Straitjacket Sex Screens: Mapping Asian/American Men in the Movies
Celine Parreñas Shimizu / UCSB
Touring my first book, The Hypersexuality of Race: Performing Asian/American Women On Screen and Scene for the last two years, a persistent question popped up coast-to-coast: If Asian/ American women are pathologically hypersexual on screen and scene, what do you have to say about Asian/ American men being represented as asexual? There is a lot of pain surrounding this question, but in answering it, we must be careful not to inflict even more harm. Too often, the perception of racial effeminacy and asexuality is met with an assertion of dominant heteronormative sexuality and patriarchy and subsequently, the demonization of both asexuality and queerness. These gender wars marked the birth of Asian American Studies in the Maxine Hong Kingston / Frank Chin debates wherein the Asian American cowboy is valorized as heroic and the female broadcaster of the dirty laundry of racialized gender subjugation is labeled a traitor to the race. However, my response to this old gender binary that persists in this question is to historicize the representation of Asian/ American men in order to dispel the easy and inaccurate assessment of asexuality and effeminacy. Do current Asian/ American male filmmakers and actors see the Asian/American male body as a site of racial wounding, gender grief and sexual problems? And what’s wrong with asexuality and effeminacy?
Asian/ American men in Hollywood moved from having a rapacious and insatiable libido to being yellowface villains; from martial arts action heroes who epitomized gender power to erotic objects of desire; from suffering with the pathology of asexuality to being the asocial and largely absent figures we do or don’t see today. By paying attention to the surprising shifts in these images over time, we can complicate the definition of sex—one that privileges heteronormativity and the exertion of gender power over women—that strongly set the scene for discussions of Asian American male representations. Why fear effeminacy, queerness and asexuality as if the straitjacket of heterosexual patriarchy equals progress anyway? The understanding of Asian/ American sexualities and genders in representation is clouded by the excessive focus on a certain type of normative sexuality. Rather than accept this diagnosis, I am interested in evaluating films by Asian/ American men and the work of Asian/ American male actors to see if access to normative gender and sexual power is what they do or hope to achieve.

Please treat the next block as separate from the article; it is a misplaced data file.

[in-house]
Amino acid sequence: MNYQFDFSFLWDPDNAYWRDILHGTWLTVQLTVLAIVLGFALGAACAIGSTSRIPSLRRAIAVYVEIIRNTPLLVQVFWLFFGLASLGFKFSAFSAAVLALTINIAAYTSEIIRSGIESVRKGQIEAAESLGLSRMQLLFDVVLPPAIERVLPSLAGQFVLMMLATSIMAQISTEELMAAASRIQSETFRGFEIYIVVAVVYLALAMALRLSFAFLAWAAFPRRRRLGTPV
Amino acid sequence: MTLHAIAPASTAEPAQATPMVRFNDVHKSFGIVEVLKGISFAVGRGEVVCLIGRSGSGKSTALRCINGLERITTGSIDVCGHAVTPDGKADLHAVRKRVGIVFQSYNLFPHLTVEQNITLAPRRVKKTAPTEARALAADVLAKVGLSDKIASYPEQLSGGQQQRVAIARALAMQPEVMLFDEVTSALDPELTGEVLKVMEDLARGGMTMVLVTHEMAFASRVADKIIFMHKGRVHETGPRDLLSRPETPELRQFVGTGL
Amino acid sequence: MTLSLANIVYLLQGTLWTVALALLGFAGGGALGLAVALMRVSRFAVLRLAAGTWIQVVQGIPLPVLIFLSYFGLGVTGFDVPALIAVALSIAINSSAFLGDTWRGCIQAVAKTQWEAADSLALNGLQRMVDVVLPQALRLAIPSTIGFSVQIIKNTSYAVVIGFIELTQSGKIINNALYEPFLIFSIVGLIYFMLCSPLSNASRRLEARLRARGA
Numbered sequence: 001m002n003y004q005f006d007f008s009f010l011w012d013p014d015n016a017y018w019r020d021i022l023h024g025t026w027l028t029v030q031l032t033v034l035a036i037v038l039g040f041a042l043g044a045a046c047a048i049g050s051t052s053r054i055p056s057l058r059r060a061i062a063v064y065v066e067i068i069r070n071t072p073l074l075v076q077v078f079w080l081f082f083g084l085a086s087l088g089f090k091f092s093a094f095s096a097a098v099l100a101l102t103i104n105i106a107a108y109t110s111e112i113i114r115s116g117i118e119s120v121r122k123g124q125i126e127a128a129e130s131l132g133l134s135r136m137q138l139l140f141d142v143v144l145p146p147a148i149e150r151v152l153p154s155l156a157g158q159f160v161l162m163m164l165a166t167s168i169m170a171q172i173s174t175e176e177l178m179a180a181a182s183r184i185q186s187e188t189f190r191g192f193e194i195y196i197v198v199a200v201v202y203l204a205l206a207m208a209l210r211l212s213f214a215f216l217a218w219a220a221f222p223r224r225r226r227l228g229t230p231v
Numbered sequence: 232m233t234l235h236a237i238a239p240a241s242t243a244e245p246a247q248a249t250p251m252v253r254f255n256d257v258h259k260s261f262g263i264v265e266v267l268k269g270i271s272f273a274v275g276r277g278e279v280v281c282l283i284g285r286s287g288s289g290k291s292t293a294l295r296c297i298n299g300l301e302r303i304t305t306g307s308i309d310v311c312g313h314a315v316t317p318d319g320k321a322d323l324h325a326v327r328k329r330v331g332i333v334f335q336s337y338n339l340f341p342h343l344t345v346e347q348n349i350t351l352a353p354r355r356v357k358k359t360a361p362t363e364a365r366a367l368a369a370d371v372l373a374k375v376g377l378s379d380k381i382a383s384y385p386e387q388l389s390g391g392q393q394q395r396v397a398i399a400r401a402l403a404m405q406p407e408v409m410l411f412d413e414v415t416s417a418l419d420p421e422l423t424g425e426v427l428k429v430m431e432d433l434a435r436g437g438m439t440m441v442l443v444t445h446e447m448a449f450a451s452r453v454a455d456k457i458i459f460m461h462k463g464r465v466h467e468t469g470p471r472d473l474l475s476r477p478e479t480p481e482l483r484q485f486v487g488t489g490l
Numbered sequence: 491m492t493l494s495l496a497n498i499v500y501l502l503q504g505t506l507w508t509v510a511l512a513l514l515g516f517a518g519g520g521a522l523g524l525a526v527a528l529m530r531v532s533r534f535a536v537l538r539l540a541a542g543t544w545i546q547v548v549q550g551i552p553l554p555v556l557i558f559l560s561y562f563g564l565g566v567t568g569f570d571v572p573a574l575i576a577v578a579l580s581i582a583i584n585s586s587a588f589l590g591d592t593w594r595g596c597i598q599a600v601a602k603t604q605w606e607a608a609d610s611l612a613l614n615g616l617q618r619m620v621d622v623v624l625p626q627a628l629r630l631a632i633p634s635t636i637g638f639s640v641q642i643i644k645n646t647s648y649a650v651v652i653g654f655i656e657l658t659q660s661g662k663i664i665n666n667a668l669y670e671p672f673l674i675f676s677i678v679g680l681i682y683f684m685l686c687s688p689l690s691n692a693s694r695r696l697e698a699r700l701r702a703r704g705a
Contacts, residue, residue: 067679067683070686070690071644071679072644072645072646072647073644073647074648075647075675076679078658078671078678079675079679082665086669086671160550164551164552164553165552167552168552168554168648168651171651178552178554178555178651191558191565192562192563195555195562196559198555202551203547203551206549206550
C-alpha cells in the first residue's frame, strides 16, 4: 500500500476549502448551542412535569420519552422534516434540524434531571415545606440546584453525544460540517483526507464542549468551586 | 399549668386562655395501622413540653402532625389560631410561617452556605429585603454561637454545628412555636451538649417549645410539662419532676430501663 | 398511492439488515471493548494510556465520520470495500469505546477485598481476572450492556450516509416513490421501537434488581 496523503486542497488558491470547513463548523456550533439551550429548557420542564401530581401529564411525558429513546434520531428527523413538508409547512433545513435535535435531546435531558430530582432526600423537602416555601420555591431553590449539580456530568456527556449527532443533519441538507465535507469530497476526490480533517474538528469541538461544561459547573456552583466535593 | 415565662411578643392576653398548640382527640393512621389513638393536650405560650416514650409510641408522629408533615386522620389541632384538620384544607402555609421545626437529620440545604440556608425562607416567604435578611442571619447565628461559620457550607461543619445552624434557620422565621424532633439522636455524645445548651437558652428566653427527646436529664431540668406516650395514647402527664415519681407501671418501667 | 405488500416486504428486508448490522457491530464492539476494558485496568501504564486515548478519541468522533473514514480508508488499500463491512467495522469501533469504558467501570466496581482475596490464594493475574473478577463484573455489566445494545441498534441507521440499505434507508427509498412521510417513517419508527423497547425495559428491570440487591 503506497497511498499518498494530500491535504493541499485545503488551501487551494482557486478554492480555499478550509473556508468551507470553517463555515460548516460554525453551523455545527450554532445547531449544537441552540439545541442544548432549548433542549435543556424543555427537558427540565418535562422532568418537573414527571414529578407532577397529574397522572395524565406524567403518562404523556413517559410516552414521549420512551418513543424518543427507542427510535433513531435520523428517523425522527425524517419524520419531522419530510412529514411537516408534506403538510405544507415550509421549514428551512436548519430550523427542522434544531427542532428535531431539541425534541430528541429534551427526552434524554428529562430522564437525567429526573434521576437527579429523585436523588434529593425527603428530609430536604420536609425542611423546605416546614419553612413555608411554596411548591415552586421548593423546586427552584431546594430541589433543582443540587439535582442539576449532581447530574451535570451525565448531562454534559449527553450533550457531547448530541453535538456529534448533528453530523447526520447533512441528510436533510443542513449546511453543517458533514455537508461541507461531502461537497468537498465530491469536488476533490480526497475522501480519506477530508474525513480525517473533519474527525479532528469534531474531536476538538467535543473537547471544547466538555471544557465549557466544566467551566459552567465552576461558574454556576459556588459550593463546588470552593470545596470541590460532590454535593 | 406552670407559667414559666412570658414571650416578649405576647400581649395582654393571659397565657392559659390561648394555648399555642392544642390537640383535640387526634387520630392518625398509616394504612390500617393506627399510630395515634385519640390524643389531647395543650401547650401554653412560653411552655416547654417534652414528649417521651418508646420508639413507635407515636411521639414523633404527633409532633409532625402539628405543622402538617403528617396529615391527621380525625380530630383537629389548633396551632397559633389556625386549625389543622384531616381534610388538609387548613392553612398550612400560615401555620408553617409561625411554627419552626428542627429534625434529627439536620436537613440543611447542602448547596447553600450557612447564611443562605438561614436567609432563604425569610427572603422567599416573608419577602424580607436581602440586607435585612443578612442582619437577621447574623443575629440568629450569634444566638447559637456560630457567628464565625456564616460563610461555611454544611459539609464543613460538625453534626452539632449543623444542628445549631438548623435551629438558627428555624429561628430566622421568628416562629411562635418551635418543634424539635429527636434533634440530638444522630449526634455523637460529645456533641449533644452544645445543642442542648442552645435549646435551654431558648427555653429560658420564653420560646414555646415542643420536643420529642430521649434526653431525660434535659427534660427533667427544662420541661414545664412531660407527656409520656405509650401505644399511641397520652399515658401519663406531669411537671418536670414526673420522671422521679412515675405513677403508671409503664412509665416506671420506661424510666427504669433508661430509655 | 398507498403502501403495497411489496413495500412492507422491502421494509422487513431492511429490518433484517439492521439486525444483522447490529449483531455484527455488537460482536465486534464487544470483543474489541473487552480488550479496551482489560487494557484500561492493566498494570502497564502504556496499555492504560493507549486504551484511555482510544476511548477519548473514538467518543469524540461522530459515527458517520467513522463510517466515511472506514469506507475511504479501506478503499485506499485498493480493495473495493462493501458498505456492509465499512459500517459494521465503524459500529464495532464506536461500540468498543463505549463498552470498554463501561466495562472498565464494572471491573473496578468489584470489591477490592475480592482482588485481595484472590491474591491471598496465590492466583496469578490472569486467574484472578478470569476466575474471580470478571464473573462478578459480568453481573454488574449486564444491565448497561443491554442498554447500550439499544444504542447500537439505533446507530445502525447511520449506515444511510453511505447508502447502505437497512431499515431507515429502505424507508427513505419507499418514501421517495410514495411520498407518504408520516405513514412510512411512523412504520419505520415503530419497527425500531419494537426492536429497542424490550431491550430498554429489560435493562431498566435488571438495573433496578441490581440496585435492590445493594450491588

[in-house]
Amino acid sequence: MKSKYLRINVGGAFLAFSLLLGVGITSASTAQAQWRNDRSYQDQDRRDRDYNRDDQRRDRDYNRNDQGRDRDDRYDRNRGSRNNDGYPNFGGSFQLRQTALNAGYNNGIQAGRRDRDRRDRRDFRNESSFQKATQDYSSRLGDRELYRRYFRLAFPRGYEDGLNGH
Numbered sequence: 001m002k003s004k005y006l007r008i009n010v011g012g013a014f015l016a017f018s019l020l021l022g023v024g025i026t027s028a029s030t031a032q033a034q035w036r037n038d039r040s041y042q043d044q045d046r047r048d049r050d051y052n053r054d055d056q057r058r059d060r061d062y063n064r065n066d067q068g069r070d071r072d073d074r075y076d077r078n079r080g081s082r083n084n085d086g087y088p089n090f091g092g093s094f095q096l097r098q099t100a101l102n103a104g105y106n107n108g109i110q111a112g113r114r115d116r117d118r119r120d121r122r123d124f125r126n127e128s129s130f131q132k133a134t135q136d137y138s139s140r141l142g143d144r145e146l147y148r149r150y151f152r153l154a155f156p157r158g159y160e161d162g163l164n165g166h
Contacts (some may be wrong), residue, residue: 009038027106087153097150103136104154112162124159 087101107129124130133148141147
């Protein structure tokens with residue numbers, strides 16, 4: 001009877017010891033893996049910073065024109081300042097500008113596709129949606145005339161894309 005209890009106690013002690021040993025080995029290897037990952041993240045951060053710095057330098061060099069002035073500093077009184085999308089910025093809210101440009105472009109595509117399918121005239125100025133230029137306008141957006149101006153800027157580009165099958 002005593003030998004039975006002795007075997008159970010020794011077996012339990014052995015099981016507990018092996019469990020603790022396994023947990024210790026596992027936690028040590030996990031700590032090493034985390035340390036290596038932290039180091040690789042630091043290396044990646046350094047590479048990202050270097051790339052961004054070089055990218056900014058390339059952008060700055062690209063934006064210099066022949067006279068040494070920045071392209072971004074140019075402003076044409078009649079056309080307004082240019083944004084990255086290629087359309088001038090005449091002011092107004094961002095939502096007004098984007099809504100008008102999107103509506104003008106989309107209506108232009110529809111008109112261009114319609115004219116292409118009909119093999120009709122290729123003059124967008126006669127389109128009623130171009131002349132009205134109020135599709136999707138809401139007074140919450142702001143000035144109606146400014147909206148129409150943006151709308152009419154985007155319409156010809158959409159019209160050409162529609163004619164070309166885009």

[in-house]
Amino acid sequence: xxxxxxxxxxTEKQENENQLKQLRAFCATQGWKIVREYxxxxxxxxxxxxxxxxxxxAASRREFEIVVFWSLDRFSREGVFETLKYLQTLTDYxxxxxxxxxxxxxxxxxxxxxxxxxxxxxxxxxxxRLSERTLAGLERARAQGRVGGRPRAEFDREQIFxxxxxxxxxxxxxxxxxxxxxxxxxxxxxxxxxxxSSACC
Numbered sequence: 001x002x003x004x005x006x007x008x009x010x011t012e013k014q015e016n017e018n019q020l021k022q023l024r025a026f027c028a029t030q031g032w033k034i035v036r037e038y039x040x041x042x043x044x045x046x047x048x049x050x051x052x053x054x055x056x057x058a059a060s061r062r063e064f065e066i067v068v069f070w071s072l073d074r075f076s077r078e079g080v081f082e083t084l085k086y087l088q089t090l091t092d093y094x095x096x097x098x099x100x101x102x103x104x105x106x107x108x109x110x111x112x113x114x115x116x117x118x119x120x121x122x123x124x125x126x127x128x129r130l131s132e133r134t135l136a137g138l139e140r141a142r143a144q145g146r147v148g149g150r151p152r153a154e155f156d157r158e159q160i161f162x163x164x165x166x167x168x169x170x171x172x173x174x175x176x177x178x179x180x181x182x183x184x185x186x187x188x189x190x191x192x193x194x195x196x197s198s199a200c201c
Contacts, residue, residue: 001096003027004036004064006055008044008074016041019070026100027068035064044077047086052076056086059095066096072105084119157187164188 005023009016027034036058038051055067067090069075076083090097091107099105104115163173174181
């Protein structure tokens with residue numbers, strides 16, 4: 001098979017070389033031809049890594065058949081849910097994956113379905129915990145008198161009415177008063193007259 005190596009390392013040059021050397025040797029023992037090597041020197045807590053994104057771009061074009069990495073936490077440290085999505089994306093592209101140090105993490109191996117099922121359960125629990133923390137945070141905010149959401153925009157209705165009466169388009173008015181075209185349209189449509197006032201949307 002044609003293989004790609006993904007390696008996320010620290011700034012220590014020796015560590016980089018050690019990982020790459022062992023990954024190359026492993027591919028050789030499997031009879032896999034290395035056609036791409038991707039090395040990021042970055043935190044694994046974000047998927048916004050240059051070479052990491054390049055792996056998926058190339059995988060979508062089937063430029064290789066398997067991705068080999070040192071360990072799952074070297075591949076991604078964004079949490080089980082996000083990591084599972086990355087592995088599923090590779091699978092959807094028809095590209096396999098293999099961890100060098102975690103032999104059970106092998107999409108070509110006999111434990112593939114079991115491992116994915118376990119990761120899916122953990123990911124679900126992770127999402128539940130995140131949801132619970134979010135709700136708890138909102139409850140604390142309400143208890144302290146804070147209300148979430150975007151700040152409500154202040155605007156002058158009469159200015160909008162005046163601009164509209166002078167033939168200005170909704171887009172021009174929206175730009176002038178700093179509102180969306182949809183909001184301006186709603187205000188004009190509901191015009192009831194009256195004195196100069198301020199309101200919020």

In my new book Straitjacket Sex Screens, I cut through the sexual fog in which the current debate has stalled in its attempt to access normative gender and sexual power. The questions that interest me are: What stories are told about Asian/ American men in Hollywood movies? How does one establish oneself as a man when racially cast as unable to compete within the sexual and gender order? Do Asian/ Americans then define their/our own masculinity? How? By attending to the sexual and gender order within screen worlds, I examine the creative ways in which Asian/ American male filmmakers and actors attempt to formulate their masculinities in, through and beyond sexuality.
The best way to start is with the documentary Slanted Screen (2005): does it offer a new take on representations of Asian/American men and how to create viable masculinities through representation? Similar to the widely taught and female-focused documentary Slaying the Dragon (1989) by Asian Women United of California, Jeff Adachi’s Slanted Screen addresses the misrepresentations of Asian American men as gendered and racialized subjects. These films invite viewers to understand the power of representation for the creation and maintenance of stereotypes or the oversimplification of racial and gender identities. Through the use of extensive examples from Hollywood films, they argue that such misrepresentations shape perceptions and thus, affect real lives very painfully. Representations inflict racial wounds, pathologize gender, and construct an abnormal sexuality that’s either brutal, unavailable, or absent. Especially harmful, according to the film, is the curbing of Asian American aspirations, since, as Ethnic Studies media studies tells us, representations validate citizens and subjects whose histories and presences are worth storytelling. These films emphasize the importance of working within and against the industry and using the craft and industry of media well in order to change misconceptions and thus improve Asian American lives. A dynamic contribution, both films attend to the situation of actors and filmmakers who must work within an industry so drenched in whiteness and while the films don’t say it, heterosexuality as well.